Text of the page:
In my teaching travels and online courses, I hear teachers say ‘the children just can’t sit and listen at story-time’. This has become a familiar lament for teachers and parents.
Truth be told, research shows that across the board, children’s hearing has diminished.
This is partly due to:
*the bombardment of noise, damaging the delicate hearing apparatus
*at the same time there is an over-stimulation of the visual sense – the hearing sense gets ‘forgotten', and could use some gentle exercising.
*we don’t offer enough subtle live listening opportunities to our children
Our own storytelling voice gives us the opportunity to bring ‘lifted’, conscious, lovely clear language and voice quality that will engage our children’s listening experience.
First, we create a story imagination. This gives us, as storytellers, the inner pictures that help us ensoul our voice with this imagination in the form of warmth, wonder, and archetype. A ‘king’ is spoken like the upright royal wisdom that he embodies. You will speak a ‘young child’ character with levity and joy in your voice. Each part of the story has a different ‘archetypal quality that we can speak to life.
When a child listens to this kind of story voice, one, they will be drawn into the story with interest. This will help them sit in 'listening calm'. Two, this will give their hearing sense practice taking in the finer sounds of language, which will deepen with the regular rhythm of your story-time.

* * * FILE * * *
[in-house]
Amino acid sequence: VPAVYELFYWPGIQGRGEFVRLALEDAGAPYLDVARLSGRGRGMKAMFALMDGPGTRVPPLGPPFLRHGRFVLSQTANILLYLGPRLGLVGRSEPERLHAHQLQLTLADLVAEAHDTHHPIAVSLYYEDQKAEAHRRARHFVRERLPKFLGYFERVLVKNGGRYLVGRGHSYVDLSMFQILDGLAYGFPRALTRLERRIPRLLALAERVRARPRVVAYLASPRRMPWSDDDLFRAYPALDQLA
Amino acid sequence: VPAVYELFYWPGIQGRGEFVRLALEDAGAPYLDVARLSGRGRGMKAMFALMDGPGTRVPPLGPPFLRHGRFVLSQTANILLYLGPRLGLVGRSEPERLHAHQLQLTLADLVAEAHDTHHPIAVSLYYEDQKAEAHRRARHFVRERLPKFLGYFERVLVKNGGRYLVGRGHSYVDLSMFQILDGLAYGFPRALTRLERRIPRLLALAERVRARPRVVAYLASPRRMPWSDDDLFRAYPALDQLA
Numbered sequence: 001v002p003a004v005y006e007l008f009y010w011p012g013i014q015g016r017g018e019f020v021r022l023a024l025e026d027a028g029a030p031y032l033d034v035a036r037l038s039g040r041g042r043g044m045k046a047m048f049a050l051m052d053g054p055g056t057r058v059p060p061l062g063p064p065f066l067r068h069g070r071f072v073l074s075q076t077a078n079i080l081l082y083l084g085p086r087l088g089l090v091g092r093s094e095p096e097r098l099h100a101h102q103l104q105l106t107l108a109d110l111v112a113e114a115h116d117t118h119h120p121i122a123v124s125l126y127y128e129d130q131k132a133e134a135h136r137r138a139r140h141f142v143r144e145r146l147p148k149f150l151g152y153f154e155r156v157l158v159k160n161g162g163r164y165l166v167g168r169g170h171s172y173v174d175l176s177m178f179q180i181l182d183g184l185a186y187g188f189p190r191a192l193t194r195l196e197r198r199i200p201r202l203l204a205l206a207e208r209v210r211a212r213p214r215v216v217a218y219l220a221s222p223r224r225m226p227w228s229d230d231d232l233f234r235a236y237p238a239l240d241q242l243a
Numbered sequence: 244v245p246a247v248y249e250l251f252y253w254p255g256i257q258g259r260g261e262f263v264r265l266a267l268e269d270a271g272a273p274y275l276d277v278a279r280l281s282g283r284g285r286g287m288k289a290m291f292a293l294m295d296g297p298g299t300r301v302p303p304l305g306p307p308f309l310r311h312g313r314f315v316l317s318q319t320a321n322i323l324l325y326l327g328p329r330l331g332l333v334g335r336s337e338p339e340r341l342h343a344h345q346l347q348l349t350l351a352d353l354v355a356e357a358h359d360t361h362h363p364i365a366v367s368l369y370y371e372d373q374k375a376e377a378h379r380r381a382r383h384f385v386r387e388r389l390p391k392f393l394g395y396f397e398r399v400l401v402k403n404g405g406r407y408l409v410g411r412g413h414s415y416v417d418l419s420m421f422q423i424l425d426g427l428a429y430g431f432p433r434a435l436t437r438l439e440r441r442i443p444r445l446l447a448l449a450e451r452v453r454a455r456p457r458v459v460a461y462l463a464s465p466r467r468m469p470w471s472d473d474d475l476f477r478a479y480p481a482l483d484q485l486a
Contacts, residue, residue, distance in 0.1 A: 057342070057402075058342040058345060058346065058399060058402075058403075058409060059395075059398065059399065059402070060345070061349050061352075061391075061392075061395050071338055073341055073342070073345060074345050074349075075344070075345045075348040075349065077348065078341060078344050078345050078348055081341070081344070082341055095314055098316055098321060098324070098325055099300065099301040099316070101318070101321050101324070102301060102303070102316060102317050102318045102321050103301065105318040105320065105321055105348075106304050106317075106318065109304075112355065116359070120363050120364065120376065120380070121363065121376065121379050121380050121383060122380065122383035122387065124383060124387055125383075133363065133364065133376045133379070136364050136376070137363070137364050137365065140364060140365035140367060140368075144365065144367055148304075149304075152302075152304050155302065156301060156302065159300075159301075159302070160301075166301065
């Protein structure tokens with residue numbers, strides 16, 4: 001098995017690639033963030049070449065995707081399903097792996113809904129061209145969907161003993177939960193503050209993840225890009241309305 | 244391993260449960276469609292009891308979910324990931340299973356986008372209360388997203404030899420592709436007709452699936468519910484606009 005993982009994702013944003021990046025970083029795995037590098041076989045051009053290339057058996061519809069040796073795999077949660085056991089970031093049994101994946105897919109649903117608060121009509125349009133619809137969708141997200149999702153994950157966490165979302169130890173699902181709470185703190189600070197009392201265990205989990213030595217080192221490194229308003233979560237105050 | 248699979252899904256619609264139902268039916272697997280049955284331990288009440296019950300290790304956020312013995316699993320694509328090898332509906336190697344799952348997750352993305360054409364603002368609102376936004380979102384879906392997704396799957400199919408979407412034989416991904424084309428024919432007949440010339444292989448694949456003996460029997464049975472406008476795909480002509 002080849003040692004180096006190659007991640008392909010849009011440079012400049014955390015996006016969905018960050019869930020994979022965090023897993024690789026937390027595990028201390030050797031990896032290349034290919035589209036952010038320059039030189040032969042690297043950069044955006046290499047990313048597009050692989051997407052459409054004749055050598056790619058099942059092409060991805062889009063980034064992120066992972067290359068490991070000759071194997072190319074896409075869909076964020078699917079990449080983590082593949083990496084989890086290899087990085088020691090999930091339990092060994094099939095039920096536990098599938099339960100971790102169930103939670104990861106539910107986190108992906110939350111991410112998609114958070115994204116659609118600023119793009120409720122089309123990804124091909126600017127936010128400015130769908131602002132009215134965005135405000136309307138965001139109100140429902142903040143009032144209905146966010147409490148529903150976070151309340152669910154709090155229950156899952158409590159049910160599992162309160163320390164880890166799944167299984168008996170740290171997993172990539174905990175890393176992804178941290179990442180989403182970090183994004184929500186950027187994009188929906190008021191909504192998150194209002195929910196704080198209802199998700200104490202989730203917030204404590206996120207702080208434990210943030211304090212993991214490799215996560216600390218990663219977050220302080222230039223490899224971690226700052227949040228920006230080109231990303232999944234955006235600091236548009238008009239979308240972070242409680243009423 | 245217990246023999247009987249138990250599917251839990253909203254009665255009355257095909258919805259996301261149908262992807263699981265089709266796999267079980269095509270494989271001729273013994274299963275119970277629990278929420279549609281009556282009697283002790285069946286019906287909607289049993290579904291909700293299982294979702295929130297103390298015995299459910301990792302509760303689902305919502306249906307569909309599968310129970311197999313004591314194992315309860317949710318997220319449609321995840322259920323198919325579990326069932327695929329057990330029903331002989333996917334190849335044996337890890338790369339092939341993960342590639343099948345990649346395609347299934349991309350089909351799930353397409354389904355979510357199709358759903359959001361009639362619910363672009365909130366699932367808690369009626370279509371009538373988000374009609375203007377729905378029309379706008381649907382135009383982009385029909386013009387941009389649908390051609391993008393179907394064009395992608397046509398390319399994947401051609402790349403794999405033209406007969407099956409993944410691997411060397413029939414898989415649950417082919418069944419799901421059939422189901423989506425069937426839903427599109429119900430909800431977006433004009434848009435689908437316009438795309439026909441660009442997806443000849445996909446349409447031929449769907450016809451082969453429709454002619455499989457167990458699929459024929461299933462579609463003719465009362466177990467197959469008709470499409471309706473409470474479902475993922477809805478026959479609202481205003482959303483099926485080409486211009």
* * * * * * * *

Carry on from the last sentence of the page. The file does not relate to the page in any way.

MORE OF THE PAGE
Listening in nature also gives us practice in taking in more delicate qualities of sound. Our hearing sense is nurtured. I like to go to a 'sit spot' in nature, one where there will be no distractions by cars, lots of people, playground noises etc. Then I just sit and listen. Sometimes I close my eyes, I breathe rhythmically and become awake to the natural sounds around me. There are so many bird songs and calls, wind whooshes, frogs croak, peepers peep... bees buzz, leaves rustle. See if you can hear 10 different nature sounds.... how about 20? Listen to the quiet too. Your sense of hearing is being renewed. Try this with a small group of children! Maybe ask them to hear 5 different sounds. Can they hear the flutter of a butterfly?
Extra care in helping children listen to truthful things will also renew their listening ear.
During Storytime, try engaging your voice with wonder and warmth, this will immediately attract children to enter your story. Vary your voice to indicate the truth of character. What helps the child's imagination see the King quality by simply using your voice? How is this different from the young princess? We are talking subtle, truthful, archetypal... not caricature or sentimentality.
I also like to bring in a musicality. Where does the pacing pick up or slow down. Where is it quiet, as in night settling, or a bit fuller when the Wind Whoooshes through the forest. All of these things enliven a story in honesty.
Listen to water, go on a 'Listening Walk' with the children.
To try this out in a guided way on video, look at my online course on 3 Tips to Transform Your Storytelling - Click Here for details. You can send audio examples of you doing the exercises, and if you would like feedback I am happy to share next steps for you. It is all easy on the online platform!
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